Art and the city
By Craig Brandhorst, email@example.com, 803-777-3681
As deputy director of the Columbia Museum of Art, Joelle Ryan-Cook has a front-row seat for Main Street’s revival. She also has been there from the beginning, having begun her career as a museum tour guide in 1993 while she was still in graduate school at the University of South Carolina and while the museum was still on Senate Street.
Five years later, when the museum relocated to the corner of Main and Hampton, downtown was still something of a 9 to 5 world: abuzz by day, a ghost town after dark.
“When we first moved to Main Street, we watched lawyers and bankers walk around during the day, during the week, and no one at night or on the weekends,” says Ryan-Cook. “In the last five years, we’ve seen an incredible change.”
Major exhibitions — including a 2012 Mark Rothko show curated by the museum, then sent on a nationwide tour — raised the bar for what the public can expect on the museum walls. Meanwhile, programs like the quarterly Arts & Draughts block party have attracted a younger, larger audience that spills onto the plaza.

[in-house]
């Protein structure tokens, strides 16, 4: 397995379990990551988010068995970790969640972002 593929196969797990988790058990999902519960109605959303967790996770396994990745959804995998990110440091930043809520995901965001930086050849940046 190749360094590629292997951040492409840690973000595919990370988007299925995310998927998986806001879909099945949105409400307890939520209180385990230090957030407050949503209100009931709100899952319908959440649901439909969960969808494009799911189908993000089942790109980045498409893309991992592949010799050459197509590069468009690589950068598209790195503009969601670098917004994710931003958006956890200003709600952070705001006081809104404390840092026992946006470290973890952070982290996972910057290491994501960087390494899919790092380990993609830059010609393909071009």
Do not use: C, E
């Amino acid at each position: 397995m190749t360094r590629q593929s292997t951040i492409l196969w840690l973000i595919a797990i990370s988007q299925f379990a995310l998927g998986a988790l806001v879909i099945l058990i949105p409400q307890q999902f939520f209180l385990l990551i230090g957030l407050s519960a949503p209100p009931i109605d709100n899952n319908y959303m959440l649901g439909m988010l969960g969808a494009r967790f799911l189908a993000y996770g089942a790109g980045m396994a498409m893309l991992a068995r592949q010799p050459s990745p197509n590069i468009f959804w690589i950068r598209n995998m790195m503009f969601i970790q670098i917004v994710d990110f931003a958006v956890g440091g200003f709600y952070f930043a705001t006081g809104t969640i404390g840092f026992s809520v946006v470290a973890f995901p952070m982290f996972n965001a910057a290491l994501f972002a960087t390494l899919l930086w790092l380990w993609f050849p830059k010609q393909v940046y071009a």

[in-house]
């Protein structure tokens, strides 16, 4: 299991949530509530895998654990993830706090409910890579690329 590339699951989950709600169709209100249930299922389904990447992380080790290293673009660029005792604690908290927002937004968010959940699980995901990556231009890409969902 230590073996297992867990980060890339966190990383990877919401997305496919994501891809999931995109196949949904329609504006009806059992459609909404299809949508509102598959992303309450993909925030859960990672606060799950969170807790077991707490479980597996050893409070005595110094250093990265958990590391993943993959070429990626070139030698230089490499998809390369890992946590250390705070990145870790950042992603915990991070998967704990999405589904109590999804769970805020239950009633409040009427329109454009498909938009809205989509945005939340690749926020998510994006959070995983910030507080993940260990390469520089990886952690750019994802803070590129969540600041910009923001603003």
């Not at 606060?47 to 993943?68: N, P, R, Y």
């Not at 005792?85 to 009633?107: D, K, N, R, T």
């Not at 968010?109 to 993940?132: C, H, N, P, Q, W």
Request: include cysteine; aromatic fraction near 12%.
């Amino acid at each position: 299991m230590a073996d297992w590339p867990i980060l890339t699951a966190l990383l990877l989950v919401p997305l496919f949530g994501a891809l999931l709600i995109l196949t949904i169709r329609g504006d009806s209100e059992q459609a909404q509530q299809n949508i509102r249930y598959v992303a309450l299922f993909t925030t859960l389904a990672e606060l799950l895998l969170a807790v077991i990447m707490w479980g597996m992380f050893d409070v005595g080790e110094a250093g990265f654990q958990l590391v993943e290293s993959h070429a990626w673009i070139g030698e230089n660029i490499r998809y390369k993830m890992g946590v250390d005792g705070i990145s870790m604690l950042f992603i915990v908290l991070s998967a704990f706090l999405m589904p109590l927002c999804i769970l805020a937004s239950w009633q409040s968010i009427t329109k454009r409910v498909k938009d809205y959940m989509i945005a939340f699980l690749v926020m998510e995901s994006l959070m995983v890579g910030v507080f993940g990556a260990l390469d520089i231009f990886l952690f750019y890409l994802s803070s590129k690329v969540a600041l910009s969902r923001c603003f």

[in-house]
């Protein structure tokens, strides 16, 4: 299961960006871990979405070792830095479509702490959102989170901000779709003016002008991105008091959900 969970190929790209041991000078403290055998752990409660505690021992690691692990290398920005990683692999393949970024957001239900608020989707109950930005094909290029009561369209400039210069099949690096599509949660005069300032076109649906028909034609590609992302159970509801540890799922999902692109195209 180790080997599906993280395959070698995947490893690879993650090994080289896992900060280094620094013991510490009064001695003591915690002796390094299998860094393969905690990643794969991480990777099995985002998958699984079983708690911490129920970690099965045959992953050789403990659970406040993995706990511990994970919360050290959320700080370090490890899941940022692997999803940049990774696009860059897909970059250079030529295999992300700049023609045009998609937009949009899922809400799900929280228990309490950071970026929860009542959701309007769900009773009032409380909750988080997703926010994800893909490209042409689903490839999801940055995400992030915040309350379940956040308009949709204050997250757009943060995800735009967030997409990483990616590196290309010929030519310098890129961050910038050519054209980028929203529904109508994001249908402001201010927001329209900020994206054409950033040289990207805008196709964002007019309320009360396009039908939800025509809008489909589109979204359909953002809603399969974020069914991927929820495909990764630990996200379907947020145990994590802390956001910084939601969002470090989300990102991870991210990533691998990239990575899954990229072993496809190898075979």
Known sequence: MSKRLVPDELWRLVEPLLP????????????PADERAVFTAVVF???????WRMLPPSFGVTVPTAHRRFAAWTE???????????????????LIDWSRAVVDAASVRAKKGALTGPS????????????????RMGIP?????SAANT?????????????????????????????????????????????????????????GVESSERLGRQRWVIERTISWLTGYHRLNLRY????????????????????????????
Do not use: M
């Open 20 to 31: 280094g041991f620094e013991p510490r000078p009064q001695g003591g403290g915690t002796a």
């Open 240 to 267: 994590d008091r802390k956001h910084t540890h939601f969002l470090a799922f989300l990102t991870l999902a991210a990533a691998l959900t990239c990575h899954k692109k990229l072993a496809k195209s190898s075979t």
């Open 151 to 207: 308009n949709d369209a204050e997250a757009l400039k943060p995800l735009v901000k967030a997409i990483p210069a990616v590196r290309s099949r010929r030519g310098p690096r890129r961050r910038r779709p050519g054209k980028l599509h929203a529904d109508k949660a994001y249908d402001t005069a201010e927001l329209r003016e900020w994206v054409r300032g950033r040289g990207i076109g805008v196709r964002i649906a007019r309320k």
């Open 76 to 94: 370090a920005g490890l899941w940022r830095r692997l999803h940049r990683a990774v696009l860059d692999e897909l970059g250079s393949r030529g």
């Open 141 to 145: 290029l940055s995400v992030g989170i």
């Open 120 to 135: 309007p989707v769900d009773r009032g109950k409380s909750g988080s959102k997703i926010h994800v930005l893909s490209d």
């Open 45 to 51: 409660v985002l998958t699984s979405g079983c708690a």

“When we started Arts & Draughts in 2011, we hoped 250 people would come. Five hundred people came,” says Ryan-Cook. “The second one? Seven hundred fifty people came. Each Arts & Draughts is now 900 to 1,200 people.”
But the art museum hasn’t gone it alone. Ryan-Cook credits more than 100 partnerships, both large and small, for helping the museum achieve its goals. Among those partnerships she credits multiple local businesses and arts organizations but also several departments at the University of South Carolina.
Those relationships with her alma mater are not strictly academic in nature, however, and not confined exclusively to the visual arts.
“Ten to 15 years ago, we gave art history lectures — and that’s still at the foundation of what we do — but we had to start thinking about what it is that everybody else wants, too,” says Cook. “By design, we looked at partnerships to see how other people see the museum and want to use it. That starts with people like (poet and UofSC English professor) Ed Madden, and the university's School of Music. We even had the philosophy department work with us on Arts & Draughts.”
“All of that was by design,” she adds. “Now it’s becoming organic.”
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